Lumber production down (Canada), but set for growth in 2013

Lumber production down, but set for growth in 2013.

Lumber production at B.C. sawmills dipped in September as soft global demand continued to hamper a rebound in the province’s forestry sector.

Total softwood lumber production fell 3.9 per cent to a seasonally adjusted 2.38 million cubic metres from August, continuing a pattern from the end of the first quarter. Despite the weakening trend, lumber production this year has still outpaced the same period in 2011 by 2.6 per cent.

Weaker lumber exports to Asia-Pacific markets, particularly China, Japan and Taiwan, have contributed to recent production declines.

B.C. lumber shipments to China dropped sharply in recent months due to slowing economic growth, balanced lumber inventories and soft property markets.

Meanwhile, lumber exports to the U.S. also eased over the past two months following a brief period of rising shipments.

The lull in lumber production and exports is expected to be temporary as rising new home construction in the U.S. and economic growth in China increase lumber shipments.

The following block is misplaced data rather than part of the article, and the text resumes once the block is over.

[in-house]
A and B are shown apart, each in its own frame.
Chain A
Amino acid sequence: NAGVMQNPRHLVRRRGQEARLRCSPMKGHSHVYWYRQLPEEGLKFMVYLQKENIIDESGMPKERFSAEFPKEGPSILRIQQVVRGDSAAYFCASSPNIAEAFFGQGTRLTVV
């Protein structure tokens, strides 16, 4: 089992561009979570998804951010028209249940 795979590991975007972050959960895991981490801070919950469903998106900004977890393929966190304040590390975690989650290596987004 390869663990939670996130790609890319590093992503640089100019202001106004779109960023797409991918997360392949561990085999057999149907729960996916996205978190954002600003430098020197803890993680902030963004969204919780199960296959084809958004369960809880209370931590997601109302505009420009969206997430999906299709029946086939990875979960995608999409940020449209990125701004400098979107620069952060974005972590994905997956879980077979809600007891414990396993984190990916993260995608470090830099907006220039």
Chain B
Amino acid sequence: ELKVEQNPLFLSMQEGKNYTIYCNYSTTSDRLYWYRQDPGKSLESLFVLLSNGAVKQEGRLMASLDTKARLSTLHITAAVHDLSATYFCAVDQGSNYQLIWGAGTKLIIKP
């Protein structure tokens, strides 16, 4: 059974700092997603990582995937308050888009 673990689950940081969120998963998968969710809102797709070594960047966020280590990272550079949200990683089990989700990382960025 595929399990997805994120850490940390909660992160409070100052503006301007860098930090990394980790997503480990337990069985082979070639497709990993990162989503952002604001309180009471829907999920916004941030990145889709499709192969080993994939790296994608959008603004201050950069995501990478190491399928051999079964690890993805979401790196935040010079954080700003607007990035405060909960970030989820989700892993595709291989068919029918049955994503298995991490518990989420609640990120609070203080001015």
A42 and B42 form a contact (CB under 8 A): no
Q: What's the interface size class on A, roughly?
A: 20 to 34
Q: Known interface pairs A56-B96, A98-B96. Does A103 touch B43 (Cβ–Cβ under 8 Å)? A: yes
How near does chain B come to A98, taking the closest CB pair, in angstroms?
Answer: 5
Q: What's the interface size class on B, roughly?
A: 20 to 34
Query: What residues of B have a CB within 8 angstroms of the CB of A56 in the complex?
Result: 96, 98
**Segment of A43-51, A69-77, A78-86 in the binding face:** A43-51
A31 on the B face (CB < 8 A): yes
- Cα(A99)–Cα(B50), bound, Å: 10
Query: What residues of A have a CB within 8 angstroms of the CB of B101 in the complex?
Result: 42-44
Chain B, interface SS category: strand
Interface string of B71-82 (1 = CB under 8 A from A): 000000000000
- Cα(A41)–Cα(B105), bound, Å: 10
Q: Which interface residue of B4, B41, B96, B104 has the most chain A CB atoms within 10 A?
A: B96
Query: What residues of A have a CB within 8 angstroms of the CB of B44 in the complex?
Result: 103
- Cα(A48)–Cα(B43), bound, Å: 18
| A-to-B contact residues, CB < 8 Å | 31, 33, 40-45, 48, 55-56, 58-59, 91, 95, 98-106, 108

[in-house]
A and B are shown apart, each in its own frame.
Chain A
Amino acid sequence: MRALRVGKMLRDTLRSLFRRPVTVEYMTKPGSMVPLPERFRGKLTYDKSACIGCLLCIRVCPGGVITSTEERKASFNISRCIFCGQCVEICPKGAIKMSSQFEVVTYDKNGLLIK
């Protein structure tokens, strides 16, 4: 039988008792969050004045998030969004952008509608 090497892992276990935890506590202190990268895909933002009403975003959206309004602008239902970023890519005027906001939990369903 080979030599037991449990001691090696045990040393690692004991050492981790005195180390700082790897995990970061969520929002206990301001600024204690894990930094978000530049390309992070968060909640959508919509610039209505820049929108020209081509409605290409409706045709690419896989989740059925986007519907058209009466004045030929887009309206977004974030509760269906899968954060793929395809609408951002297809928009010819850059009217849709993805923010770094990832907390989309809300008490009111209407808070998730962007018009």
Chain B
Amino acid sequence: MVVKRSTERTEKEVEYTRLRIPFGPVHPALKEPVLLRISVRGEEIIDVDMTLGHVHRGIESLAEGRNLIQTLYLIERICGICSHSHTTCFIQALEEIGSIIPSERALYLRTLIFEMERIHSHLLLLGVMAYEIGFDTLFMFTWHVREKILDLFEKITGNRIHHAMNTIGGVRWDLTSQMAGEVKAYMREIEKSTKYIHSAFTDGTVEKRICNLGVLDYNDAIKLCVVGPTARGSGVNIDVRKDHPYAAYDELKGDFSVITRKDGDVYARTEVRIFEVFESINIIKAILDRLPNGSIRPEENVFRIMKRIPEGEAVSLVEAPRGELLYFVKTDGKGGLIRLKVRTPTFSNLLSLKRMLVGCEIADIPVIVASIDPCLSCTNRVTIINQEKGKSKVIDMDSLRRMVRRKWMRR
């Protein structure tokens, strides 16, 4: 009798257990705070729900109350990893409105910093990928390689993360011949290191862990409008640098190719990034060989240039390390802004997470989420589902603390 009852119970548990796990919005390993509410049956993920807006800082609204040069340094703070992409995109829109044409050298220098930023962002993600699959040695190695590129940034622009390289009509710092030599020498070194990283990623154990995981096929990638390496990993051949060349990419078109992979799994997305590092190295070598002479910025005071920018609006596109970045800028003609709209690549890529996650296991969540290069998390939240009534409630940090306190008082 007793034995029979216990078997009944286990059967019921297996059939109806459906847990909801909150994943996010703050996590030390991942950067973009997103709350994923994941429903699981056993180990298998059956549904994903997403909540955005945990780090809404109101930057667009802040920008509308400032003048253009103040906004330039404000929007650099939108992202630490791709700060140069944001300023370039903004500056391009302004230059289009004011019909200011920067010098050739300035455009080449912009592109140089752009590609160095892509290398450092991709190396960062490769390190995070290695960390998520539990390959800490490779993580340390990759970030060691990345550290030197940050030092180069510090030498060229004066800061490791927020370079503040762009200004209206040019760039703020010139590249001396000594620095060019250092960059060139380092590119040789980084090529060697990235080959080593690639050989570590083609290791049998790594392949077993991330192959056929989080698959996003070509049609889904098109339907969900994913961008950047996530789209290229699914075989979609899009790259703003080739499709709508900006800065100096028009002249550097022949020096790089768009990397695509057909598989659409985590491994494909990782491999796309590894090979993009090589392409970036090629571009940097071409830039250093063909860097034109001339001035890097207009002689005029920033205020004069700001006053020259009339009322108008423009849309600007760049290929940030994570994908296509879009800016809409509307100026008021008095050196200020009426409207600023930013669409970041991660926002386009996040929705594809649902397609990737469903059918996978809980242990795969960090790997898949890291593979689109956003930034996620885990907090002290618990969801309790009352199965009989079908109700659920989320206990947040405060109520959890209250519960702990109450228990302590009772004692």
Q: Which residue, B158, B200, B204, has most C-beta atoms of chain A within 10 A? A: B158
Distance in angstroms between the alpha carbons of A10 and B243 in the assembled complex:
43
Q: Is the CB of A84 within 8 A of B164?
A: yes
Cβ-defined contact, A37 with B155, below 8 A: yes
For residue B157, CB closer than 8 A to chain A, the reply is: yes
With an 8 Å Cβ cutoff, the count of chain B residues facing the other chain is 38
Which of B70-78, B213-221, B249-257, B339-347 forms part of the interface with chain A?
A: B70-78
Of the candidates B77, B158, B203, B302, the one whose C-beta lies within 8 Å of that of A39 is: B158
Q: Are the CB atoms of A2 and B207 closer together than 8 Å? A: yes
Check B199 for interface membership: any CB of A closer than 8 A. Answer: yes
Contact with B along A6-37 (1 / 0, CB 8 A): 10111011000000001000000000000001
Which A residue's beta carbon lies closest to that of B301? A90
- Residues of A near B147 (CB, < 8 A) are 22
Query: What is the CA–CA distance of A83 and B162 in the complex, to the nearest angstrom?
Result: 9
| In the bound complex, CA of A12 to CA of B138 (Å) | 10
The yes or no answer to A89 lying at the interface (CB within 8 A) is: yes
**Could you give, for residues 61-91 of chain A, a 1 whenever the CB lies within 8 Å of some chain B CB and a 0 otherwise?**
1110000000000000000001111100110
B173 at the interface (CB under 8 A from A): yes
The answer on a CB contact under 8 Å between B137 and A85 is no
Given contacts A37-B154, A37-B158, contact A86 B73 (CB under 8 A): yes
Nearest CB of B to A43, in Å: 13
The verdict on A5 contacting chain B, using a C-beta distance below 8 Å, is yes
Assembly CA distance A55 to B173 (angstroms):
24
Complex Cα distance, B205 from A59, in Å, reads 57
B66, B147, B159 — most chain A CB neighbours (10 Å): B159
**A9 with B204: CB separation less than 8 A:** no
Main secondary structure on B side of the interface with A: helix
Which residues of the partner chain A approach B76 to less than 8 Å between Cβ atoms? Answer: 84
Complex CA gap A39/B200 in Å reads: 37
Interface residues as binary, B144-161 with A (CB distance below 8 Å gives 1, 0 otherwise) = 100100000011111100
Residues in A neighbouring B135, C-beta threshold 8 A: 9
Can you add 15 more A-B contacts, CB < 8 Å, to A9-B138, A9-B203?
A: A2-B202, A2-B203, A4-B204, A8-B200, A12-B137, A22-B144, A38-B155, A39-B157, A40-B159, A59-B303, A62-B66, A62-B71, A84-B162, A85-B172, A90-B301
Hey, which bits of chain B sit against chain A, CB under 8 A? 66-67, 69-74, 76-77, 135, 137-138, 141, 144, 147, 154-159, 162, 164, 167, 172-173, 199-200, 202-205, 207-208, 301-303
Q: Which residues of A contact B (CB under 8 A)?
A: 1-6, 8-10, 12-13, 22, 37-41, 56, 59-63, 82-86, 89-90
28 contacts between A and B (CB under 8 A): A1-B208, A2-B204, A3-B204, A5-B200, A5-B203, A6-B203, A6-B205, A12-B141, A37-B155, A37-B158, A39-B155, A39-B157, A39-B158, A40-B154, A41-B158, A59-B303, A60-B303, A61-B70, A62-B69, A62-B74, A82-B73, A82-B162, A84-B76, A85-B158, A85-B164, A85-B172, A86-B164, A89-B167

While economic growth in China slipped to a year-over-year pace of 7.4 per cent in the third quarter, marking the third lowest pace since 2009, the economy improved heading into the fourth quarter.

China’s manufacturing purchasing managers index (PMI) rose above 50 points in October, suggesting an expansion in the country’s manufacturing sector, following two months of contraction.

Meanwhile, growth also picked up in industrial production and retail activity. Government plans to stabilize growth through infrastructure spending and construction of low-cost homes is positive for lumber demand.

The recovery in the U.S. housing market continues. Housing starts increased to an annualized rate of 894,000 units in October, extending the uptrend observed since early2011. While new home construction remains well below pre-recession levels, October starts were the highest since July 2008 and up more than 40 per cent from same-month in 2011.

Despite inconsistent economic growth, stable home prices and pent-up housing demand will continue to generate positive momentum for housing construction. Consensus forecasts peg U.S housing starts at 910,000 units in 2013, up from an expected 750,000 units this year. B.C. lumber exports are still highly dependent on U.S. demand, and further gains in U.S. new home demand will boost B.C. lumber exports and production.

Bryan Yu is an economist with Central 1 Credit Union.

http://www.vancouversun.com/business/Lumber+production+down+growth+2013/7638843/story.html#ixzz2Dps3xOT8

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